Sixteen-year-old Matt Nadel of Springfield, N.J., has been MLB.com’s youngest blogger for three years. And he’s an author, too. Matt’s first book, Amazing Aaron to Zero Zippers: An Introduction to Baseball History, which came out as an eBook last year, is now out in paperback.
It has met with widespread acclaim, garnering favorable reviews on Amazon and Goodreads. Plus, the book’s proceeds go to the ALS, Turn 2, Jackie Robinson, and Hall of Fame foundations.
Amazing Aaron traces baseball’s past (the subject of Matt’s blog, Baseball with Matt), from legendary players and teams to historic stadiums and crazy games. Focusing mainly on Major League Baseball, the book includes chapters for each letter of the alphabet. (For example, there’s “Booming Babe” and “Unbelievable Underdogs.”)
While Matt’s prose can be a bit clunky at times, both his knowledge and his love for the game shine through in Amazing Aaron’s 96 pages.
The 2015 Little League Baseball World Series begins two weeks from today. And when the young ballplayers hit the field, they’ll be wearing new headwear provided by New Era. The company — which also makes the caps big leaguers wear — gave SI Kids an exclusive first look at this year’s LLBWS hats.
There are 16 in all, one for each region competing in the tournament. The front of the caps feature the 2015 LLBWS logo, with the region name stitched on the back.
Minnesota Twins first baseman Joe Mauer is one of the best players in Major League Baseball: a six-time All-Star, three-time American League batting champion, and 2009 AL MVP. He’s also a philanthropist and all-around good guy. When Mauer was in high school, the St. Paul, Minnesota, native was a three-sport star. He excelled at baseball, basketball, and football. As a senior, he was even selected as High School Player of the Year by USA Today for both football and baseball.
Mauer’s MLB career as a catcher for the Twins in 2004. But after knee surgery in 2010, the Twins moved him to first base. He switched between first, catcher, and designated hitter until he was moved to first base for good in 2013.
Recently, I met Mauer in the Twins dugout to talk with him about his career, playing for the Twins, and advice he has for kids who want to follow in his footsteps.
Update (4:35 p.m.): With only minutes to go before hitting the trade deadline, the New York Mets pulled off the last big deal of the year. The Mets picked up slugger Yoenis Cespedes from the Detroit Tigers for pitching prospects Michael Fulmer and Luis Cessa. Original story is below.
The Major League Baseball trade deadline is today at 4 p.m. And over the last few weeks, teams have been rushing to nab players to help them compete for a playoff spot — or move guys to other teams to free up salary for a rebuild.
With only hours to go before teams can no longer make trades, some big swaps are bound to happen before the clock strikes 4. But some pretty big trades have already been made, with the biggest coming in the last few days.
Here are a few of the high-profile trades that have reshaped teams heading into the stretch.
On Saturday, more than 2,400 walkers and runners crossed "Home Plate" at Fenway Park. They were part of the sixth annual Run to Home Base charity event.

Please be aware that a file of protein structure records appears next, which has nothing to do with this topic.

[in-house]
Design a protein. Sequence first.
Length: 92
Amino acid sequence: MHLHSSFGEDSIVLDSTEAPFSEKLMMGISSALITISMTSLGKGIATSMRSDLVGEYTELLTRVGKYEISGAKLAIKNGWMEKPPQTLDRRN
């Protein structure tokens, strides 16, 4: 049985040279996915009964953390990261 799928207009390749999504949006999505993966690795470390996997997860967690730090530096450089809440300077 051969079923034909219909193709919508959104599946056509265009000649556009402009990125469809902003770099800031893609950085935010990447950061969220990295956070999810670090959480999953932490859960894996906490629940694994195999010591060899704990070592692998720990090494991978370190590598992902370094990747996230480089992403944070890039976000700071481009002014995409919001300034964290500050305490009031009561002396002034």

The 9K run/2 mile walk raised $1.1 million dollars for the Home Base Program, which is supported by the Red Sox Foundation and Massachusetts General Hospital.
Home Base helps veterans and their families heal from post-traumatic stress disorders (PTSD) and traumatic brain injuries. It’s a growing public health problem as more and more servicemen and women return from battlefields like Iraq and Afghanistan.
On Sunday, four baseball legends took their rightful place at the National Baseball Hall of Fame in Cooperstown, New York. This year’s four inductees are Pedro Martinez, the Expos’ and Red Sox’ ace who won the pitching Triple Crown in 1999; John Smoltz, the Braves’ starter and reliever who teamed with fellow Hall of Famers Tom Glavine and Greg Maddux to form historically great rotations in the ‘90s; Craig Biggio, the Astros’ legendary second baseman; and Randy Johnson, the “Big Unit,” who was the most dominant pitcher in baseball for a decade with the Mariners and Diamondbacks, among other teams.
With another spectacular Hall of Fame class in the books, it’s time to see who will be inducted in the next five years, starting with players who are currently eligible but have not yet made the cut.
COOPERSTOWN, N.Y. (AP) — Three pitchers who became dominant after trades and a rock-solid catcher-turned-second baseman have a new moniker - Hall of Famer.
Randy Johnson, Pedro Martinez, John Smoltz and Craig Biggio were inducted into the Baseball Hall of Fame on Sunday and basked in the spotlight one more time with at least 40,000 fans cheering from the sun-drenched field beyond.
For Martinez, the last to speak, the moment was magical as scores in the crowd waved Dominican flags for one of their own. Martinez, who also delivered part of his speech in Spanish, and former Giants great Juan Marichal, elected in 1983, are the only Hall of Famers from the Caribbean nation.
At the end of the ceremony, Martinez beckoned Marichal to the stage and they held their flag high, one last emotional gesture as the crowd roared.
"We waited 32 years for another Dominican," said Martinez, who wore a patch honoring his nation's flag on one shoulder and another honoring the United States on the other. "I hope all Dominicans remember this. I don't think the Dominican Republic will have a better image than me and Marichal on Father's Day (in the Dominican Republic) to be up there."